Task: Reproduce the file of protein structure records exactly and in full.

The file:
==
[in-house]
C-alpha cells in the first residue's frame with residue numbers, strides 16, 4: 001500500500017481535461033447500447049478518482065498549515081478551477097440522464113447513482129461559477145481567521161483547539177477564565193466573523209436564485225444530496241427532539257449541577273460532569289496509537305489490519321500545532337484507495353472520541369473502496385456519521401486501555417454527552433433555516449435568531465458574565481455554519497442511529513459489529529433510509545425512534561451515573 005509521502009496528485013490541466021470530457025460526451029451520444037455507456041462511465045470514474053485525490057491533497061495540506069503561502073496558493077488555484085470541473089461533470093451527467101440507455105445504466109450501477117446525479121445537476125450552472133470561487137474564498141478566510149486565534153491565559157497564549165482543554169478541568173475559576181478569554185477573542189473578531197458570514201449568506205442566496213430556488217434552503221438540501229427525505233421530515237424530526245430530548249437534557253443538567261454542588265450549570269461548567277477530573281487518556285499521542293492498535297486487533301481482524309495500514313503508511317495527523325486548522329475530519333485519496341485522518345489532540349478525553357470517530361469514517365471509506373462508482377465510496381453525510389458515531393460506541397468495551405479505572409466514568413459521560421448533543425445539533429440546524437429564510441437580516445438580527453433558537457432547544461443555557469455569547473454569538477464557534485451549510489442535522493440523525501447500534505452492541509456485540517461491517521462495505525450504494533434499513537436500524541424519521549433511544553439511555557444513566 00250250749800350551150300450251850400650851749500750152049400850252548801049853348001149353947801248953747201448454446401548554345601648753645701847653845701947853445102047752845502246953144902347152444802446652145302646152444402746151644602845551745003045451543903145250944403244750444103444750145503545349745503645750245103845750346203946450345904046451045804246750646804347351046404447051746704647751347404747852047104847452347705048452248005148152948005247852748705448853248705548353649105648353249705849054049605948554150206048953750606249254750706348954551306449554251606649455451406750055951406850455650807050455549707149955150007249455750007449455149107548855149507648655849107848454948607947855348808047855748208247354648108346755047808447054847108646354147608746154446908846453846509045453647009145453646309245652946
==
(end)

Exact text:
[in-house]
C-alpha cells in the first residue's frame with residue numbers, strides 16, 4: 001500500500017481535461033447500447049478518482065498549515081478551477097440522464113447513482129461559477145481567521161483547539177477564565193466573523209436564485225444530496241427532539257449541577273460532569289496509537305489490519321500545532337484507495353472520541369473502496385456519521401486501555417454527552433433555516449435568531465458574565481455554519497442511529513459489529529433510509545425512534561451515573 005509521502009496528485013490541466021470530457025460526451029451520444037455507456041462511465045470514474053485525490057491533497061495540506069503561502073496558493077488555484085470541473089461533470093451527467101440507455105445504466109450501477117446525479121445537476125450552472133470561487137474564498141478566510149486565534153491565559157497564549165482543554169478541568173475559576181478569554185477573542189473578531197458570514201449568506205442566496213430556488217434552503221438540501229427525505233421530515237424530526245430530548249437534557253443538567261454542588265450549570269461548567277477530573281487518556285499521542293492498535297486487533301481482524309495500514313503508511317495527523325486548522329475530519333485519496341485522518345489532540349478525553357470517530361469514517365471509506373462508482377465510496381453525510389458515531393460506541397468495551405479505572409466514568413459521560421448533543425445539533429440546524437429564510441437580516445438580527453433558537457432547544461443555557469455569547473454569538477464557534485451549510489442535522493440523525501447500534505452492541509456485540517461491517521462495505525450504494533434499513537436500524541424519521549433511544553439511555557444513566 00250250749800350551150300450251850400650851749500750152049400850252548801049853348001149353947801248953747201448454446401548554345601648753645701847653845701947853445102047752845502246953144902347152444802446652145302646152444402746151644602845551745003045451543903145250944403244750444103444750145503545349745503645750245103845750346203946450345904046451045804246750646804347351046404447051746704647751347404747852047104847452347705048452248005148152948005247852748705448853248705548353649105648353249705849054049605948554150206048953750606249254750706348954551306449554251606649455451406750055951406850455650807050455549707149955150007249455750007449455149107548855149507648655849107848454948607947855348808047855748208247354648108346755047808447054847108646354147608746154446908846453846509045453647009145453646309245652946